Read 1 Corinthians 1:17-31 to start.
I’d like to start this morning by talking about a movie. You might be familiar with it, it was a highly successful film, although it’s certainly not recent. The movie is The Bridge on the River Kwai. It’s a war movie, set during WWII, quite a good movie, it won seven Academy Awards, including Best Picture, in 1958. I remember watching it years ago. While the movie is fictional, it does depict real some historical events, as it takes place during the building of the Burma Railway, which the Japanese built to assist the war effort in Southeast Asia in 1942-43. There was indeed a major railroad bridge built in the same area as the movie indicates.
If you haven’t seen the movie, or if it’s been a long time, as it has for me, here’s a brief summary. A group of British POWs are brought in to build a bridge as part of the railway. The highest ranking British officer, played by Alec Guinness, in an effort to demonstrate superiority to his captors, orders his men to build the best bridge they can. They protest, not wanting to help the enemy finish the railroad, but the officer insists. He points out this will demonstrate British ingenuity and skill, and he points out that the bridge will be used by locals for many years after the war is over. Why not built a bridge that will last? He sees this as a triumph of civilization over barbarism.
At the same time, there is a small team of commandos coming in with the mission of destroying this very bridge, knowing that it will be critical to the war effort. They arrive in time to set explosives to blow up the bridge the day before it is set to open, and hearing that the first train will be carrying Japanese soldiers and VIPs, they decide to wait a day and detonate the bomb so as to take out that train. But the next morning, the water level in the river has dropped, and the wires to the explosives are visible. The British officer spots this, and points it out to the Japanese commandant. They venture down to the riverbank to investigate, there is a firefight with the commandos, and only at the last moment does the British officer, badly wounded, realize that destroying the bridge is actually his true duty, and he throws himself on the detonator, blowing up the bridge as the train passes over it.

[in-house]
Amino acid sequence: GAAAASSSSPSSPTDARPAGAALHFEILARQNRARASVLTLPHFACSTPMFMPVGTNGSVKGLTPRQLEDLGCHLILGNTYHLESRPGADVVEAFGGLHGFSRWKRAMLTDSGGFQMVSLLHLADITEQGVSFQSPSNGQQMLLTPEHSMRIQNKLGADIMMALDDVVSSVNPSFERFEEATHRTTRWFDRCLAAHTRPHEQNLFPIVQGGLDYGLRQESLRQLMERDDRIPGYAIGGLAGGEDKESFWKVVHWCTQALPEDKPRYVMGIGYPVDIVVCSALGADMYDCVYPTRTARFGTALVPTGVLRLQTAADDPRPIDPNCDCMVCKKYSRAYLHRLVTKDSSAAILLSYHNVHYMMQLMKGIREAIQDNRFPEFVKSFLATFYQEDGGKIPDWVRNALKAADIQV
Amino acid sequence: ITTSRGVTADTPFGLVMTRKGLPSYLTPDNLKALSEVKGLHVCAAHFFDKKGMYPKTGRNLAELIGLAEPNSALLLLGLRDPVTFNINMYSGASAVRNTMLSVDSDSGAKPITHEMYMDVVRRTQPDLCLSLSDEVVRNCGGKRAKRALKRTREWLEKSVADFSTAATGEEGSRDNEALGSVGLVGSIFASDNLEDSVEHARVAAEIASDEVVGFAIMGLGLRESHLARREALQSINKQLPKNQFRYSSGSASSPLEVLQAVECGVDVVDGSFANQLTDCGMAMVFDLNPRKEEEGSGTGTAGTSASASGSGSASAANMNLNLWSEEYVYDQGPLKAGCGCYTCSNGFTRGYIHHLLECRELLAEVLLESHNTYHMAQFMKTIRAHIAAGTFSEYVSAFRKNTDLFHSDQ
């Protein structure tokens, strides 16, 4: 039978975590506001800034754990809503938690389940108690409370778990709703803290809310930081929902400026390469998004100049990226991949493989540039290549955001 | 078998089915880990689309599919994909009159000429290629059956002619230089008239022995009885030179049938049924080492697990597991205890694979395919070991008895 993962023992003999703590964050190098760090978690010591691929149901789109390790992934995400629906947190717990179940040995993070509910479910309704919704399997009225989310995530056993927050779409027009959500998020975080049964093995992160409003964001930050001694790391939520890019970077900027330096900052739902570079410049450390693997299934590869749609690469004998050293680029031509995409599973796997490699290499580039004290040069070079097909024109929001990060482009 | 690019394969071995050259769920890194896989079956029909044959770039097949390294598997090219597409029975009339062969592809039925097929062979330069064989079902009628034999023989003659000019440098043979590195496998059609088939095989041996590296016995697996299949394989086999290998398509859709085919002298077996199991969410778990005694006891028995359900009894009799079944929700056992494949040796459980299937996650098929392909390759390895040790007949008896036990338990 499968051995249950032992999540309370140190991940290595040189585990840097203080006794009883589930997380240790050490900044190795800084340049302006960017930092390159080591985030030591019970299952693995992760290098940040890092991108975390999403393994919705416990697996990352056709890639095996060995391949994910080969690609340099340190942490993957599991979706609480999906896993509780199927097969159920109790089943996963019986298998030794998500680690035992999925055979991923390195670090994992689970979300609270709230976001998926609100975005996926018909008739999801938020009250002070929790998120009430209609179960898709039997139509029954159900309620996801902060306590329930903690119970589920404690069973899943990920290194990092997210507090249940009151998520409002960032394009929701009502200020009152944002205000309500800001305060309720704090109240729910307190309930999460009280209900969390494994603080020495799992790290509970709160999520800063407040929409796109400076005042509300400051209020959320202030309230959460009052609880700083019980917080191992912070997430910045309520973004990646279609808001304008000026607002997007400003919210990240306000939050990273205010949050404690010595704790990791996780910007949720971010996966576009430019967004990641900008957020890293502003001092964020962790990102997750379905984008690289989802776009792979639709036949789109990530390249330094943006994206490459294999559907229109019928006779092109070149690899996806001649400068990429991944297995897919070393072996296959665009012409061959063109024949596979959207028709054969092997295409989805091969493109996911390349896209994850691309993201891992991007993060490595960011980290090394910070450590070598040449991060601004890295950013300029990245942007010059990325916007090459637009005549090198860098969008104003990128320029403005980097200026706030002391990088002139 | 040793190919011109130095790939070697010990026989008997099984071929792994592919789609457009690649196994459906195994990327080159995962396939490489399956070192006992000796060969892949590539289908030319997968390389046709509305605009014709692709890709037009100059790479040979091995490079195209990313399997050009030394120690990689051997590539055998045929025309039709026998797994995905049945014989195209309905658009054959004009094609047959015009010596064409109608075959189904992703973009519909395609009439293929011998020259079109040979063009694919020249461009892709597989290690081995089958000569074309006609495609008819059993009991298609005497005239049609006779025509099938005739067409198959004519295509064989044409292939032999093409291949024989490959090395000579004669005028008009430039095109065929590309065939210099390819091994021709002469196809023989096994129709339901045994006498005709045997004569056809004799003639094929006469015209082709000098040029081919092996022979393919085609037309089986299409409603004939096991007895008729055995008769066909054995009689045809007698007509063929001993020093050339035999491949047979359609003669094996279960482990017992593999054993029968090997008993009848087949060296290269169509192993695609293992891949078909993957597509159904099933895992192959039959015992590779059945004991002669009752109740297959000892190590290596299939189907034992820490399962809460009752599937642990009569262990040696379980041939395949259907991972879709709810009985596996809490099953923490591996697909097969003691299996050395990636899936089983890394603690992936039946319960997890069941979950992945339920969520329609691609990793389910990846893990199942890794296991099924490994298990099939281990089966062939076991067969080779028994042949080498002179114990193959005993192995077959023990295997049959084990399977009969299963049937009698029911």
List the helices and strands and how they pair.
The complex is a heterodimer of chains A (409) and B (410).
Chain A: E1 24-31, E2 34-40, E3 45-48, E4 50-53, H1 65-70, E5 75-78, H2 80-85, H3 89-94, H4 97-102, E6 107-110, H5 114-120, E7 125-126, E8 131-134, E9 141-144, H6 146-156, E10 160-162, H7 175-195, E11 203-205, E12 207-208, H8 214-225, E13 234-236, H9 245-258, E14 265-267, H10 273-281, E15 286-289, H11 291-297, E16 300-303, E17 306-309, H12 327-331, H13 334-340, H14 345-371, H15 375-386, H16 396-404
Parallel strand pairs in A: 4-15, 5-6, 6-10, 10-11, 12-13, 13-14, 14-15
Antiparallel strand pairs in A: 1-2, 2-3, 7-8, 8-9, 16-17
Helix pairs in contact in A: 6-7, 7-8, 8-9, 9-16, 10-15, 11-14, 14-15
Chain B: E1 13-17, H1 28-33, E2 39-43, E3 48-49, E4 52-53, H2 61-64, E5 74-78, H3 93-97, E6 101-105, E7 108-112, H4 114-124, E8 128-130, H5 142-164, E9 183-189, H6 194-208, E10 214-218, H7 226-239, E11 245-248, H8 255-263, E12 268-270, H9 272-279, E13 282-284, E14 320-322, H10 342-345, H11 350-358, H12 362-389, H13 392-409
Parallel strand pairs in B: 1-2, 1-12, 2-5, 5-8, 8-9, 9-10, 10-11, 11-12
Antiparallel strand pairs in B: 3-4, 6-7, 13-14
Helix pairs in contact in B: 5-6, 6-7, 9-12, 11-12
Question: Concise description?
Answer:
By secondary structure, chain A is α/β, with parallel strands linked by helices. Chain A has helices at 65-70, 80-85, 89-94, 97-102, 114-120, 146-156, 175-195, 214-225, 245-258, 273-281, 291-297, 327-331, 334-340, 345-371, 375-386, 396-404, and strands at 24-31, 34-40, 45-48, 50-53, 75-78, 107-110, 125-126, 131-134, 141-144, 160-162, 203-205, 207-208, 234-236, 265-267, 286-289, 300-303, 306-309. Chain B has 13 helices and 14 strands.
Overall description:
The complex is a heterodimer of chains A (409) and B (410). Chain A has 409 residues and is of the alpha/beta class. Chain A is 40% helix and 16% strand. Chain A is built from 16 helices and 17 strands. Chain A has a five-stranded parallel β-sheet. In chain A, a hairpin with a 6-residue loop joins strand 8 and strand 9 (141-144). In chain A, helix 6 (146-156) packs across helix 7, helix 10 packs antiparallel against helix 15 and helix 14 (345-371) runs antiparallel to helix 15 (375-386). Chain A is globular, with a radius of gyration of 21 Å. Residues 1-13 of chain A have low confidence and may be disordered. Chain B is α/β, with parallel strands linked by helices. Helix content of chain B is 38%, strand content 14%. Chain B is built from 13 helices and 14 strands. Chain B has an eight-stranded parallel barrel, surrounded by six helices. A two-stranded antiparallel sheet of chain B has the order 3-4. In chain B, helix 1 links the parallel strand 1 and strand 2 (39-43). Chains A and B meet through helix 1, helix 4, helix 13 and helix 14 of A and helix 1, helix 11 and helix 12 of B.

You might be wondering what on earth the plot of a movie from 60 years ago has to do with the passage we read from 1 Corinthians. There is one thing key thing in common between the movie and those verses, and that is priorities. The officer portrayed by Alec Guinness had his priorities completely turned around backwards. He put his efforts into constructing a bridge that would assist his enemies, the very people who were holding him and his men prisoner, making them do forced labour in the jungle, when he should have been working to undermine it. He took pride in a job well done, he imagined people saying “My, what a fine bridge those British made, it’s the best thing on this shoddy railroad the Japanese built.”
It’s fine to take pride in a job well done. It’s fine to do the best work you can, in fact, you should be doing your best work. If you aren’t, if you are basically phoning it in at your 9 to 5, that’s not okay. God calls those who would follow Him to serve both God and man honourably and effectively, but that’s perhaps another topic for another day. A job well done is important, but it has to be the right job. If my boss asked me to prepare a report, but instead I went and mopped the floor, well, it doesn’t matter how good a job I did on the floor, that’s not what I was supposed to do. Maybe the floor was really dirty, and maybe it needed to be mopped, you could argue. Well, maybe it did. And maybe I did the best job mopping it that anyone has ever done. But that’s not what I was asked to do.
It’s important to have priorities. But it’s even more important to have the right priorities. Anyone can have all sorts of priorities, in fact most people do. Some folks I know seem to have too many priorities, and that’s a problem, because when everything is a priority, then really, nothing is. We hear so much about multi-tasking these days, and while that’s a skill that some people have, divided focus is an issue that derails many others.
In the verses that we read to start, Paul states clearly what his priority is. The very first words we read, from verse 17, say For Christ sent me not to baptize, but to preach the gospel.